I learned my lesson last year, having randomly stumbled across one small booth selling beautiful examples of Royston turquoise. I bought a few, and sold all but one (thank you, my awesome customers!!). The response to them was phenomenal, which means that I get to buy more!

This year, I went straight to that same booth when the show opened, and I literally fought my way through the crowds to get some of these goodies. The booth was packed with other people who wanted the same thing I did, and getting your toes stepped on or your side elbowed is sometimes part of the gem buying experience. But trust me when I say it was totally worth it. :)

For those who don't know, Royston turquoise comes from Nevada. It's a lovely and prized type of turquoise with stunning color and matrix. But the type of Royston turquoise I REALLY love is known as boulder, or ribbon turquoise. The turquoise gem is not completely cut out of the host rock, or boulder (hence, boulder turquoise), and the lovely blue color winds through the boulder, often resembling a ribbon. Like these:

they give a flash of the blue, contained within a lovely golden brown host rock (sometimes the host rock is a bit paler, as in the center earring pair shown above). Unusual, lovely, and yes...a bit spendy. But sooo worth it. 

These are all earring pairs. I didn't have as much luck finding pendant gemstones this year, but I did stock up on earring stones as much as I could. That doesn't mean that I have a lot, because these aren't easy to find - I only saw Royston / boulder turquoise at two gem vendors this year - but I grabbed what I could.

Of course, I didn't forgo pendant-sized gems entirely:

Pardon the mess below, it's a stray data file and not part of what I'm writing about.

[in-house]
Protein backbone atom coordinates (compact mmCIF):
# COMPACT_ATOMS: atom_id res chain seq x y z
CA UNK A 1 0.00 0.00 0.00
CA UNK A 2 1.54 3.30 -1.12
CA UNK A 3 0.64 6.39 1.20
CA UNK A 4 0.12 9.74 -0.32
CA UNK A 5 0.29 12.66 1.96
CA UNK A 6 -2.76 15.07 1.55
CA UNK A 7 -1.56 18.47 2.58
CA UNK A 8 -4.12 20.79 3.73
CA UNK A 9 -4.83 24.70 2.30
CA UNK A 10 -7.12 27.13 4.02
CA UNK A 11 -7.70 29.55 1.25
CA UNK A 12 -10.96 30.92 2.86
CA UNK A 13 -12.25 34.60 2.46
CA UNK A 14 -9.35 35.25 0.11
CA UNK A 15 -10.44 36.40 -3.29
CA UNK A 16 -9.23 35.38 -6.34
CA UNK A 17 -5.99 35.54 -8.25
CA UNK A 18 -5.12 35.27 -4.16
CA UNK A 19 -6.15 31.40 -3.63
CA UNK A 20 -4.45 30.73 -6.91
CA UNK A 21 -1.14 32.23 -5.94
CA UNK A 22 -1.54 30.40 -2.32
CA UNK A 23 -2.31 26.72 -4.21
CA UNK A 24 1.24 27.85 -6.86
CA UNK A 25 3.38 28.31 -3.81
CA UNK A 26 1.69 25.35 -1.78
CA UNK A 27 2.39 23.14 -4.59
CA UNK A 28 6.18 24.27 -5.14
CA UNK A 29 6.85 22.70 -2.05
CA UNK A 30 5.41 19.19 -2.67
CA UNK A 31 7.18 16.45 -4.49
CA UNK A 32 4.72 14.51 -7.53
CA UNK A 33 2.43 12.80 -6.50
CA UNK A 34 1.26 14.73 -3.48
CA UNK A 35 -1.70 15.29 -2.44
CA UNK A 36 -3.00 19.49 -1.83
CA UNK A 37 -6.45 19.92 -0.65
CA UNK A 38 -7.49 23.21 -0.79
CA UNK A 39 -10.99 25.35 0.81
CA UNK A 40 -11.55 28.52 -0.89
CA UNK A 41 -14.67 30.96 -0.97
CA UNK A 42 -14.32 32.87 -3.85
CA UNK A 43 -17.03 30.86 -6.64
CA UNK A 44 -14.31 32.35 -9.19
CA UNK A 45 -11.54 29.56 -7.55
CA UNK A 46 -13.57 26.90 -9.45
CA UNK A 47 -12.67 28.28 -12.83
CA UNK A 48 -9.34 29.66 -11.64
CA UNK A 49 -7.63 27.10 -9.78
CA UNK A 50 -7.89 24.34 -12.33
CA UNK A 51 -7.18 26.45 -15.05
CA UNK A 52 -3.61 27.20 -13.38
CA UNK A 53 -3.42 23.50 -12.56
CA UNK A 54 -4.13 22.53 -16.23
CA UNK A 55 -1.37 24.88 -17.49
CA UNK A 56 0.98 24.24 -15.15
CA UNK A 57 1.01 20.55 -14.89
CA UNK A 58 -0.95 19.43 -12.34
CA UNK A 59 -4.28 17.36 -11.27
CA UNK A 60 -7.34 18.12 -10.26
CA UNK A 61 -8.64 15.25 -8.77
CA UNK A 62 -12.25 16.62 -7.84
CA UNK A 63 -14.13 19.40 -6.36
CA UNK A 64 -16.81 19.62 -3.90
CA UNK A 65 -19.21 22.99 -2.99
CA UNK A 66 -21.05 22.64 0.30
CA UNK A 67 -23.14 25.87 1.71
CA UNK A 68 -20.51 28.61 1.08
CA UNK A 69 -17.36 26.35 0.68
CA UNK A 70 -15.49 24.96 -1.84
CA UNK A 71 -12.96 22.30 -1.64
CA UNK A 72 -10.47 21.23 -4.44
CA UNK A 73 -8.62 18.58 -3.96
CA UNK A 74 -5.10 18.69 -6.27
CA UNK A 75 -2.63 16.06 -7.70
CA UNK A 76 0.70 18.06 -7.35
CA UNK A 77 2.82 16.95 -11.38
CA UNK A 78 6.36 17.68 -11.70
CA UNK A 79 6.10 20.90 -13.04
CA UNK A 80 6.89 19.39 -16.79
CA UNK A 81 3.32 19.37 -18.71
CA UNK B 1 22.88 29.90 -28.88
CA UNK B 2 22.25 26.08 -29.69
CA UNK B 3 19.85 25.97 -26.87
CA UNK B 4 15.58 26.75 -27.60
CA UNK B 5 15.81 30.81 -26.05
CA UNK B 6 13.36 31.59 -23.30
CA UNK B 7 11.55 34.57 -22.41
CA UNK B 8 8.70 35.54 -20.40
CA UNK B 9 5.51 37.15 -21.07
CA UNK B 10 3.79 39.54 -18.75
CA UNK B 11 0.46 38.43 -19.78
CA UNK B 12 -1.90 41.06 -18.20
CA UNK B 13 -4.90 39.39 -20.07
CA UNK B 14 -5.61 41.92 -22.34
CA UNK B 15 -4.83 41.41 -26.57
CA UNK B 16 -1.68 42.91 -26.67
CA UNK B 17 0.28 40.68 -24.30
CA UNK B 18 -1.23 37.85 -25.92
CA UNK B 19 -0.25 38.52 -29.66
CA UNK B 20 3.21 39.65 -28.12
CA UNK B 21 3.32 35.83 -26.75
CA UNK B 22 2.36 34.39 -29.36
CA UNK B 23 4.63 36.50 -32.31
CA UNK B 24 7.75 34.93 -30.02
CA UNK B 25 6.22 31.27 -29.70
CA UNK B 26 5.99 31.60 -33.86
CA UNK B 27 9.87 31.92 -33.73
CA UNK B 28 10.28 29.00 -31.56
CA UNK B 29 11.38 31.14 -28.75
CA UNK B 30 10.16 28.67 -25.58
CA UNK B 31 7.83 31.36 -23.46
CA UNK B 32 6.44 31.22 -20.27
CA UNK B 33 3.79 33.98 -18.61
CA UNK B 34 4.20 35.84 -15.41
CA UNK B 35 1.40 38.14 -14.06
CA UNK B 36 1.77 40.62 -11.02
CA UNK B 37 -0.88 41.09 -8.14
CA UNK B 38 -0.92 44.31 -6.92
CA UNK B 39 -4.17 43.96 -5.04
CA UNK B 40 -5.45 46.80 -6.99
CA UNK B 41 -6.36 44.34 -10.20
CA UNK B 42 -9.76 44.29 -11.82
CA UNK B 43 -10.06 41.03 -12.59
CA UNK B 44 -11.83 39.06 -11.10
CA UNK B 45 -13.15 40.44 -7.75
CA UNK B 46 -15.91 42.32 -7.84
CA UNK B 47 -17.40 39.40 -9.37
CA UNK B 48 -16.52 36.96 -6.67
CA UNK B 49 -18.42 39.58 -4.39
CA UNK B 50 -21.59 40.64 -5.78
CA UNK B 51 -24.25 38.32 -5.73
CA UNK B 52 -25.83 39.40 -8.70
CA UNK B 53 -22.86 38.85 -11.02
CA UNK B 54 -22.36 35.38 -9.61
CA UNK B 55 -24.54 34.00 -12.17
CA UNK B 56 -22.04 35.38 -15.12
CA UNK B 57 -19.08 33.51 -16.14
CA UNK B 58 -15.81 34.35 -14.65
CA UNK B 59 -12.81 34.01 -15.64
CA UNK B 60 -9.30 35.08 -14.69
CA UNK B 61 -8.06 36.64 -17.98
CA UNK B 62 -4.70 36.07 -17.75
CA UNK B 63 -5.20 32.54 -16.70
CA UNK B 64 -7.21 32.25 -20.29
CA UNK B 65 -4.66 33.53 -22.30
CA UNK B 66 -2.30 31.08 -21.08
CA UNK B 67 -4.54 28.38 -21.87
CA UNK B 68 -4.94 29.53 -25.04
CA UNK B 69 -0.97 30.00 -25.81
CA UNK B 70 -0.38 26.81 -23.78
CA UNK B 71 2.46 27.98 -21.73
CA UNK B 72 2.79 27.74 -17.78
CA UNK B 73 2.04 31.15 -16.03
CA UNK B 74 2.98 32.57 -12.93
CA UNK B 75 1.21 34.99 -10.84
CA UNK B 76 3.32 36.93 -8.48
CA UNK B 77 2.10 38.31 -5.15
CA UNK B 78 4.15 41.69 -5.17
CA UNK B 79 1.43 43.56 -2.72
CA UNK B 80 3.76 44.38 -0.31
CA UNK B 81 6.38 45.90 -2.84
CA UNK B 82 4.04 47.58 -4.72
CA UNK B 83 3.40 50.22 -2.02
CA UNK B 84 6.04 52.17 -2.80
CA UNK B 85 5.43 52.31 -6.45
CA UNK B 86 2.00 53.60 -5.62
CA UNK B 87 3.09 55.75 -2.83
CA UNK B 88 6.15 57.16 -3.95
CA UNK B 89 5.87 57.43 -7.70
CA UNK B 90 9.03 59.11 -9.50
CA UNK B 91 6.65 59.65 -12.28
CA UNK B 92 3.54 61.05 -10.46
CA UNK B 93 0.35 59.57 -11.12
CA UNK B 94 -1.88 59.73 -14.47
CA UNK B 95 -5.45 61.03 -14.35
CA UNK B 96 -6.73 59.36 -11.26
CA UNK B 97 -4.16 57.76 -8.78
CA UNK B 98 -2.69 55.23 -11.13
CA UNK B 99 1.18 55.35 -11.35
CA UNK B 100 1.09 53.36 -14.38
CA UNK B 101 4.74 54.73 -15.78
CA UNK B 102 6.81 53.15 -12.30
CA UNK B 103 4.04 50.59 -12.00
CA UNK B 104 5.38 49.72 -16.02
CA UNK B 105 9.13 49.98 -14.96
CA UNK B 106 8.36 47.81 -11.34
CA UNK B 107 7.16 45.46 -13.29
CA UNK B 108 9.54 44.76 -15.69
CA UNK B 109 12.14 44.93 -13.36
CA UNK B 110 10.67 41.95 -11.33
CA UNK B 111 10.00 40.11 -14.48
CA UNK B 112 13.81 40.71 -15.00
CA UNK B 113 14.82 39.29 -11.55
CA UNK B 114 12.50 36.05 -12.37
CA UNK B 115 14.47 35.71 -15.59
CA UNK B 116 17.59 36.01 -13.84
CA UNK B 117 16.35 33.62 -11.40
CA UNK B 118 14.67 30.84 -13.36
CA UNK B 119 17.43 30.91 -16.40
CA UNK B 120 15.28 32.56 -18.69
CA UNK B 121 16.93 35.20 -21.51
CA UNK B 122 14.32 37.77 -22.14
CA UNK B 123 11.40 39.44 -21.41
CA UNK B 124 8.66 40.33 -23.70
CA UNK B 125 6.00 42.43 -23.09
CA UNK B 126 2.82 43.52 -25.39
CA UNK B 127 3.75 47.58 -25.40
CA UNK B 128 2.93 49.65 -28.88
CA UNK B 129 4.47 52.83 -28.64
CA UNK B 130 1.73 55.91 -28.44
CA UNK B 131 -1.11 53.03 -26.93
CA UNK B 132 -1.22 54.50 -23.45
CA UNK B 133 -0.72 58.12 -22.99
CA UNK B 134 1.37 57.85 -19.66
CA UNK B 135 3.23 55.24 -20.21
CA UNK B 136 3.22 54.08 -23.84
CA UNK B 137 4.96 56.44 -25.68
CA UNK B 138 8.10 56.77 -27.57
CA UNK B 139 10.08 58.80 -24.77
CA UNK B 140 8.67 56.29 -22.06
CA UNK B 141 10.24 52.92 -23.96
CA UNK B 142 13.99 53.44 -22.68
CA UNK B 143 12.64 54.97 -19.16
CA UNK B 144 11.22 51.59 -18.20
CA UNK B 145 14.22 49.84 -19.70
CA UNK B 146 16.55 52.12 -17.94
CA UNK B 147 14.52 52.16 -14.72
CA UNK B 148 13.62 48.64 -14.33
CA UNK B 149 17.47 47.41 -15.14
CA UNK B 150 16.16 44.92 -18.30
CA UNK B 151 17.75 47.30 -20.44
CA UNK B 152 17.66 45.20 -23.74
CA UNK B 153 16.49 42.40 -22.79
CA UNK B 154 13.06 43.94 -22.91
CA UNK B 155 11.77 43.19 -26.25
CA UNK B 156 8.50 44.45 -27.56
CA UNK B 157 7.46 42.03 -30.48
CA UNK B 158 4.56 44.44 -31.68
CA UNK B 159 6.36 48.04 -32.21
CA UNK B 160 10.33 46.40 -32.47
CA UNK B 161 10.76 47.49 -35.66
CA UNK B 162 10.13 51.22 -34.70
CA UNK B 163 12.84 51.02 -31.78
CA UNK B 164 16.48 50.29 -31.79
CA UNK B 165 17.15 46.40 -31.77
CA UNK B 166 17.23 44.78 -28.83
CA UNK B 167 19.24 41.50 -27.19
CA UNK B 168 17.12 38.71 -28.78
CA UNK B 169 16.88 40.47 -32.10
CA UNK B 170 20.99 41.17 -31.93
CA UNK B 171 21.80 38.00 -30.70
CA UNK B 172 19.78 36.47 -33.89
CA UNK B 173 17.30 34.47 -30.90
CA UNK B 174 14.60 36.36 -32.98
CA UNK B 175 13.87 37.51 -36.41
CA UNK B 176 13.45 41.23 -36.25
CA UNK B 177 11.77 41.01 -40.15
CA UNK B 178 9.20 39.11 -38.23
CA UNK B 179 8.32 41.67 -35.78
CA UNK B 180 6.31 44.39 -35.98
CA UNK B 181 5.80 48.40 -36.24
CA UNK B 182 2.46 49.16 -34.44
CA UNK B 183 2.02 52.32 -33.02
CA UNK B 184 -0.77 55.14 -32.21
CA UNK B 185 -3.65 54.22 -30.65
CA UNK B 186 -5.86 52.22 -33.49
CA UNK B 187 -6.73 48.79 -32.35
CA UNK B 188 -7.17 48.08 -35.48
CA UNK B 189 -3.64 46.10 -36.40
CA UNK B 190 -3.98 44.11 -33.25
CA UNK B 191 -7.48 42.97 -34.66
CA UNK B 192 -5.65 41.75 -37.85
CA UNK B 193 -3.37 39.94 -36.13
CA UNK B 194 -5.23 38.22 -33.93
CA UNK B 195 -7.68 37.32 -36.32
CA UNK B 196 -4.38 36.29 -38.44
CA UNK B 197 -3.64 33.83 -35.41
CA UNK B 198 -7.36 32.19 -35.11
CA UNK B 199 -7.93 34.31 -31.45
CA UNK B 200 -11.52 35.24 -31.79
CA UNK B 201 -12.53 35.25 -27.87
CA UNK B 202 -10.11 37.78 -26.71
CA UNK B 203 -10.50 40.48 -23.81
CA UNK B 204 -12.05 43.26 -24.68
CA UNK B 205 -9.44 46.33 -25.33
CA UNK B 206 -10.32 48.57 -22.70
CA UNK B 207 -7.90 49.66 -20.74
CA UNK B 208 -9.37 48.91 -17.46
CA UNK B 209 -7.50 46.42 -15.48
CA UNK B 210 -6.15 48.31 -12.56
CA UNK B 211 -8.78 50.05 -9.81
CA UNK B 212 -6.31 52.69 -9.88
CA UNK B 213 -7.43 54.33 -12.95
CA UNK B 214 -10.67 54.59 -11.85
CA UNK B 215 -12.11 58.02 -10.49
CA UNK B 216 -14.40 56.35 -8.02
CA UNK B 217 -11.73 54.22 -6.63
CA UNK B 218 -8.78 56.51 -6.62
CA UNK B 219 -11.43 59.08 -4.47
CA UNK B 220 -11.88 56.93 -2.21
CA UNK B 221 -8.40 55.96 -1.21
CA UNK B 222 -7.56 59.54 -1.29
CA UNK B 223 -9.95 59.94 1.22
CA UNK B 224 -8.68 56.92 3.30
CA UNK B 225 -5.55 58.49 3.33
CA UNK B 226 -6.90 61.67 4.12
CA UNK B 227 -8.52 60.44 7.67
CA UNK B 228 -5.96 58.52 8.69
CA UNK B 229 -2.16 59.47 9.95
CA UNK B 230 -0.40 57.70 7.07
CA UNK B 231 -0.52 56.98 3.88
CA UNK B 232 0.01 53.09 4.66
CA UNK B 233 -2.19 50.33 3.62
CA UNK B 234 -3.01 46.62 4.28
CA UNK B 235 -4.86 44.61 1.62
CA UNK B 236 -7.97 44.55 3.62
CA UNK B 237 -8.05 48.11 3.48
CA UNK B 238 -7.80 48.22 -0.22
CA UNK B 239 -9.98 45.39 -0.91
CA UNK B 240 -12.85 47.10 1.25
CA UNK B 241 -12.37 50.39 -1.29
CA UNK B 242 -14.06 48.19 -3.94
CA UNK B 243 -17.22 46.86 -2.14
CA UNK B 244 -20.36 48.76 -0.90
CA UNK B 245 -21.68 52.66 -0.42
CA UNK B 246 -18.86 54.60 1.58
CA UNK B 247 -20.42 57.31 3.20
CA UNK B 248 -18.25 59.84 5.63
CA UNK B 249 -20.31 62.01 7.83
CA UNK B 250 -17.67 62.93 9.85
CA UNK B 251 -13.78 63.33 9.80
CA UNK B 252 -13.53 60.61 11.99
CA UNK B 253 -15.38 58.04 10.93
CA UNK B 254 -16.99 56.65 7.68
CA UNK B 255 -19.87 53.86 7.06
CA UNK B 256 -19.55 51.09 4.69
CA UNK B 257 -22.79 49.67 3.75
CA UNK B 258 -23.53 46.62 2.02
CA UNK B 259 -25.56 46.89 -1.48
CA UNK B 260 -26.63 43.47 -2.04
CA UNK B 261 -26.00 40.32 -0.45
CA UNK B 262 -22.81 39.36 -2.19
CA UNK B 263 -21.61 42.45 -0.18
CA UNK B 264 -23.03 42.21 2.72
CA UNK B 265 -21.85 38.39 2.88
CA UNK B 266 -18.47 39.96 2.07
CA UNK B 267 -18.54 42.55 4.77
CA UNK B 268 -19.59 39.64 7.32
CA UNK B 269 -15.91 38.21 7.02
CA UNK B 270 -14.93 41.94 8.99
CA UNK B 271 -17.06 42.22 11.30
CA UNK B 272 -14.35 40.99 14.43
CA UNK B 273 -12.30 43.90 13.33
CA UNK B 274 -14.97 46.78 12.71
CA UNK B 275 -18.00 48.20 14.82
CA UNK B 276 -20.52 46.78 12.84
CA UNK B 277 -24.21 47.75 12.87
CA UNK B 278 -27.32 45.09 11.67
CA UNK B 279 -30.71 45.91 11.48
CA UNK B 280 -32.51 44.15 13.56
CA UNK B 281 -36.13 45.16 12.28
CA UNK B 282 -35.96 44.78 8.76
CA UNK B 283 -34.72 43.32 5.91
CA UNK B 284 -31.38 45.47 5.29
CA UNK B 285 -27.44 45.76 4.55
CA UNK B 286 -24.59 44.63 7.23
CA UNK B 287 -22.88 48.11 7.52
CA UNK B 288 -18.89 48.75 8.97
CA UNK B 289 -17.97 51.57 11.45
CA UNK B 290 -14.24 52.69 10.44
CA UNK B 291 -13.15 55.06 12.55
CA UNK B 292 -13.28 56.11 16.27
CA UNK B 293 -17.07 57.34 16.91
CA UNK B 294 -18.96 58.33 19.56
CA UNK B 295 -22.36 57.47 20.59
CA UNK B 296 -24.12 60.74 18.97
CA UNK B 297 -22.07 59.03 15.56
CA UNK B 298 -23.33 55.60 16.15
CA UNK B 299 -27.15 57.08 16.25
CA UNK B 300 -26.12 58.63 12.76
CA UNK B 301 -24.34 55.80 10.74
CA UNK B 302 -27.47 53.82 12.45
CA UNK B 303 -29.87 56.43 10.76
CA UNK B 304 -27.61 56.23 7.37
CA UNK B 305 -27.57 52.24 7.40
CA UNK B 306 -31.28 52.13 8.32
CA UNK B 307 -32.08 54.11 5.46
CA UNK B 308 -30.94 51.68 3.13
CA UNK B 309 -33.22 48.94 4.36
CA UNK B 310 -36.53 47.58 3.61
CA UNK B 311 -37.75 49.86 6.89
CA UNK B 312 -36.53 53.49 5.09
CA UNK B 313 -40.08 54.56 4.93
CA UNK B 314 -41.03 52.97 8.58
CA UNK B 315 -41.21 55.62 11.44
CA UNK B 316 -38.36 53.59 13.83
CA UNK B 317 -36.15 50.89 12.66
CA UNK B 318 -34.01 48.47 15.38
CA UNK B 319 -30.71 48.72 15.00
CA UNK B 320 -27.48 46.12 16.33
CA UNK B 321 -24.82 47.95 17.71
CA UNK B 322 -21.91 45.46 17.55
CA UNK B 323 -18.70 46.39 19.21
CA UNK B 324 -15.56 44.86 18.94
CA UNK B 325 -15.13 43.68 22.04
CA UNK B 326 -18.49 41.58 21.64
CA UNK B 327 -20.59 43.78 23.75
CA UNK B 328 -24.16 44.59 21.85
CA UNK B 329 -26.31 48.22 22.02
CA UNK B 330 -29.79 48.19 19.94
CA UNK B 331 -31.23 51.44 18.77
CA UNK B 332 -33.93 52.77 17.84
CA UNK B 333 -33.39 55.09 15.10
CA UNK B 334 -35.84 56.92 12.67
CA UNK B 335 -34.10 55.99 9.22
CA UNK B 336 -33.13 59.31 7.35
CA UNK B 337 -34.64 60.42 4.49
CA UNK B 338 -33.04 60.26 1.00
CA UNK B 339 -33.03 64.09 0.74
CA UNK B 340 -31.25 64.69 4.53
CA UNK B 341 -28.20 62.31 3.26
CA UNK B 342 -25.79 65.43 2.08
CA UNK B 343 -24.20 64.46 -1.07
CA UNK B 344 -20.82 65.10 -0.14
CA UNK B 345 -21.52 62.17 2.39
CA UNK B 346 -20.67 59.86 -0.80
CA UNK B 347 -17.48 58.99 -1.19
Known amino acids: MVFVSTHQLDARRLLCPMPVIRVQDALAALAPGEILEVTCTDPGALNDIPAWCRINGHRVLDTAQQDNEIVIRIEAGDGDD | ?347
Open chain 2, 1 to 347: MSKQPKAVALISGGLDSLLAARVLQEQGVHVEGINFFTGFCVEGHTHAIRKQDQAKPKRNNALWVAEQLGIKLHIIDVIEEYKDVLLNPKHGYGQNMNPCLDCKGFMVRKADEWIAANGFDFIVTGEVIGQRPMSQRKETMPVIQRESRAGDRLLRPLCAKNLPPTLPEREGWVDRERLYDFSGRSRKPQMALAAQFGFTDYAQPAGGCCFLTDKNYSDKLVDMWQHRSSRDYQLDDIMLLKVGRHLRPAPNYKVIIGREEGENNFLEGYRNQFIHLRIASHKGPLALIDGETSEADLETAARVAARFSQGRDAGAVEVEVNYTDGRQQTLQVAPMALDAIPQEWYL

These all have the lighter host rock, but will still make lovely pendants. The upside-down teardrop shape is one of my favorites to work with.

I also found these three ovals, and....

this bad boy. It's BIG. And beautiful. And it's going to make a stunning pendant. :) 

But let me share my OTHER great find:

Natural Kingman turquoise, from Arizona. One of my favorites of the American turquoises. The Kimgman mine is still in operation, but only for copper mining; turquoise is no longer mined there. So any Kingman gems that come on the market are from old stock, in limited amounts. They're also often not in my budget. But this year, the stars aligned and I found a few that I had to bring home. Just look at those two beauties! The coloring and matrix remind me of some of the prettiest Peruvian opals that I've shared with you....only these are even better in some ways. :) 

And for the first time ever, I found earring pairs!

Just a sampling of the 12 pairs I found. All different, all stunning. And all American.  :)

I have one more unusual gem to share with you. And then it's time to get on to turning these gorgeous goodies into jewelry! 

Monday, February 24, 2014

Tucson Goodies, Part III: Peruvian Opals

Certain gems I just love in almost any incarnation. Peruvian opals fall into that category. I love them when they're a pure, sky blue, when they're slightly translucent with inclusions, and when they've got flashes of blue intermixed with brown "host rock" that makes them look like landscapes.